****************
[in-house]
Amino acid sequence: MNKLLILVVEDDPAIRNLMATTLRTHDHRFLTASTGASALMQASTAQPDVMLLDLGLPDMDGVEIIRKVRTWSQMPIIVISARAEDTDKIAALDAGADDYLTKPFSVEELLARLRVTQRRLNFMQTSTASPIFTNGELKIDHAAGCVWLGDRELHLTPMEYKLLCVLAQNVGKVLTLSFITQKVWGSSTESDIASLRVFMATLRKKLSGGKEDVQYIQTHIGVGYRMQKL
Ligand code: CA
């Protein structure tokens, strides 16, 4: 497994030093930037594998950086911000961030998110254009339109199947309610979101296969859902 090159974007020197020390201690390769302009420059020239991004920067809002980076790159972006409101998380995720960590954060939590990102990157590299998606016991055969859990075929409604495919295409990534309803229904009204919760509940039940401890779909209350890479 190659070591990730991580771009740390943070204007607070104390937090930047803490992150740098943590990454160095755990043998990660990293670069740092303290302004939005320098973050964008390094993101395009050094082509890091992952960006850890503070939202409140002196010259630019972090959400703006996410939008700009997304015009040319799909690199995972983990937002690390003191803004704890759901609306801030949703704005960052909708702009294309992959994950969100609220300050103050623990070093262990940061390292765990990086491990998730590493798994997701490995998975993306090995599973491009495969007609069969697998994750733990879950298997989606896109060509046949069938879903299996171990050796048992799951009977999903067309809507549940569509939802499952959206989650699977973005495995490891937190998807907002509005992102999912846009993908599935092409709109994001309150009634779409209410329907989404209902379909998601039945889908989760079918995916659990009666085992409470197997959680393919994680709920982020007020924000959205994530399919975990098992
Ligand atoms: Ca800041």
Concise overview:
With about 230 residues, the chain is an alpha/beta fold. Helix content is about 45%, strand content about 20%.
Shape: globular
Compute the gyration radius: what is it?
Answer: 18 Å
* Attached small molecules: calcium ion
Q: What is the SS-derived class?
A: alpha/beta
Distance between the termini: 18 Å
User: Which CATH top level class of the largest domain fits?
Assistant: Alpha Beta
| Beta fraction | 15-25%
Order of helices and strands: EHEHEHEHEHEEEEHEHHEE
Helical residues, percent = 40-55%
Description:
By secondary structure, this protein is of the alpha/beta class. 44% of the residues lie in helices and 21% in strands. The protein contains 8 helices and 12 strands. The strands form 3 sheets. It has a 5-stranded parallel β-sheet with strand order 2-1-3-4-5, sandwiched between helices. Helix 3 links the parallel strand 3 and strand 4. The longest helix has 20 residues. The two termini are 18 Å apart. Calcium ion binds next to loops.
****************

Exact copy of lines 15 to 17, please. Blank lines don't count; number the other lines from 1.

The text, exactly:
User: Which CATH top level class of the largest domain fits?
Assistant: Alpha Beta
| Beta fraction | 15-25%